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FAIR PARK

National Historical Landmark

by Clint Skinner

3. Founders Statue

Beyond the tall, black gate is an area that combines elements of a plaza and a small boulevard. After having no name for many decades, the section was called the Grand Plaza in preparation for the Centennial Exposition. Two years later in 1938, it was renamed Frank P. Holland Court as a tribute to the man who first envisioned a state fair for the city. He also served as the mayor for Dallas in 1893.

On the left side of this shaded area, a bike station allows visitors to rent a bike by the half hour. The price is five dollars for the first thirty minutes, $2.50 for each additional thirty minutes, and fifty dollars for the entire day. Allowing riders to return the bicycles by eleven at night, the self-service station requires the use of a credit card. However. the service cannot be used during the state fair.

The centerpiece of Frank P. Holland Court is the Founders Statue. Made of concrete, the sculpture depicts a female figure. Beneath it, tribute is made to those who signed the charter to make the state fair a reality, the fair presidents from 1886 to 1938, and the Press of Texas. While the founders and presidents are listed on the sides of a column, the recognition of the newspapers for their role in publicizing the fair is put on the base.

Dallas TX FairPark - Founders Statue
Fair Park - Founders Statue by Raoul Josset
Photo courtesy Clint Skinner, February 2016

The statue's dedication took place on October 8, 1938 on the opening day of the fair's fiftieth anniversary. The golden birthday would have taken place two years earlier, but the Texas Centennial and Pan Am Exposition forced a postponement of the celebration. The unveiling of the statue, performed by former fair president J. J. Eckford, was witnessed by descendants of the founding members. During the ceremony, the front headlines of three hundred newspapers were placed inside an iron crypt located at the base of the statue. An official from the Texas Press Association then received the key to the crypt so it could be reopened fifty years later. Unfortunately, the compartment was poorly sealed, causing the papers to turn to dust when touched.

Raoul Josset designed the Founders Statue and Joseph Martin made it. The two Frenchmen were two of the main artists who helped theme the exposition. Born in the village of Miery, Martin left school at the age of eleven and trained to be a wood carver under the guidance of his father. However, Martin changed his mind when he discovered that he enjoyed sculpting stone more than wood. He enrolled at an art school in Paris, but his education was interrupted by World War I. Martin never returned to school, but instead worked as a sculptor for designers Louis Sue and André Mare. In 1920, he became close friends with Raoul Josset.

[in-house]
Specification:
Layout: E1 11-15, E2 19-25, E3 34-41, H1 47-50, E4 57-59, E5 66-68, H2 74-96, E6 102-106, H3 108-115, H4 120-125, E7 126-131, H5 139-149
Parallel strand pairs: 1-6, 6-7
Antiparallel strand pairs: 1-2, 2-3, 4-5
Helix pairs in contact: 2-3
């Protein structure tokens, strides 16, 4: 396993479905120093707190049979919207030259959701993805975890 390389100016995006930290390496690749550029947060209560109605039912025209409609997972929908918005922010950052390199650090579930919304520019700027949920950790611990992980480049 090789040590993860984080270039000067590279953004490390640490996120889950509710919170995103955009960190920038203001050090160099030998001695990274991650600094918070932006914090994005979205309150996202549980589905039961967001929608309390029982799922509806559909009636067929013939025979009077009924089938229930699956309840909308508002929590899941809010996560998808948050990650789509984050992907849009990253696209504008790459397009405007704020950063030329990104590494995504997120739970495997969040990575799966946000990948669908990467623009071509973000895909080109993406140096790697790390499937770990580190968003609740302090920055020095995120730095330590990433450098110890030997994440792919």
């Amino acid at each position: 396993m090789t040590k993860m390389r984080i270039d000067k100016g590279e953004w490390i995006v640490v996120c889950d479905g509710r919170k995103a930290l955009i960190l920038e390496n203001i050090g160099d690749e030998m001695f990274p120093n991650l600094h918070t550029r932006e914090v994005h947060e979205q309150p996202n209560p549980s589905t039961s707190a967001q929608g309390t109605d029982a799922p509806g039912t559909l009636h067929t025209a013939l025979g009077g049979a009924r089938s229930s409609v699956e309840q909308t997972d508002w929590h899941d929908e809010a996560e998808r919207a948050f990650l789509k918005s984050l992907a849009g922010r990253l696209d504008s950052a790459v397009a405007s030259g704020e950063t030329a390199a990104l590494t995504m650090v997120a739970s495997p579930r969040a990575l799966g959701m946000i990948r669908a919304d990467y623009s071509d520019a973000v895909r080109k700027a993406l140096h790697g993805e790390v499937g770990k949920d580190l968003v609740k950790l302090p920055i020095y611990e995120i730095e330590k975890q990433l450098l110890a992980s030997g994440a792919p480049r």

Josset was born in the city of Tours. Although his father was doctor, he decided to pursue a career as a sculptor. Josset was successful in his academic endeavor and had his own studio. His work was interrupted when he volunteered as an interpreter to communicate with the American forces stationed in France. From 1920 to 1926, he made war memorials throughout the country. All went well until France entered an economic depression in 1926, which resulted in Josset deciding to escape to America for a better opportunity.

Martin left for America two years later. He arrived in Chicago but moved to Cleveland in 1931, where he worked for a company alongside his friend Josset. The Great Depression forced the duo to move back to Chicago where they were hired to make sculptures for the 1933 Century of Progress Exposition. This resulted in the pair's employment to help with the Texas Centennial.


September 4, 2016

© Clint Skinne


FAIR PARK - Attractions:

1. Fair Park Station
2. Main Entrance
3. Founders Statue
4. Women's Museum
5. DAR House
6. The Texas Vietnam Veterans Memorial
7. Sydney Smith Memorial Fountain
8. Music Hall
9. Fair Park Esplanade
10. Centennial Building
11. Automobile Building
12. Hall of State
13. Tower Building
14. Big Tex Circle
15. Grand Place
16. Old Mill Inn
17. Magnolia Lounge
18. Hall of Religion
19. African American Museum
20. Leonhardt Lagoon
21. Dallas Museum of Natural History
22. Science Place I
23. Children's Aquarium
24. Fair Park Bandshell
25. Texas Discovery Gardens
26. WRR Headquarters
27. Science Place II
28. The Texas Star
29. Cotton Bowl Stadium
30. The Texas Skyway
31. The Embarcadero
32. The Creative Arts Building
33. Food and Fiber Building
34. Pan American Arena
35. The Woofus
36. The Swine Building
37. Briscoe Carpenter Livestock Center
38. Livestock Pavilion and Arena
39. The Horse Barn
40. Fair Park Coliseum
41. Top of Texas Tower


References:
1.Bigtex.com
2.Dallashistory.org
3.Dallas Morning News Archives
4.Fairpark.org
5.Slate, John H. Historic Dallas Parks. Arcadia Publishing, 2010.
6.Tshaonline.org
7.Watermelon-kid.com
8.Wikipedia.org
8.Winters, Willis Cecil. Fair Park. Arcadia Publishing, 2010.
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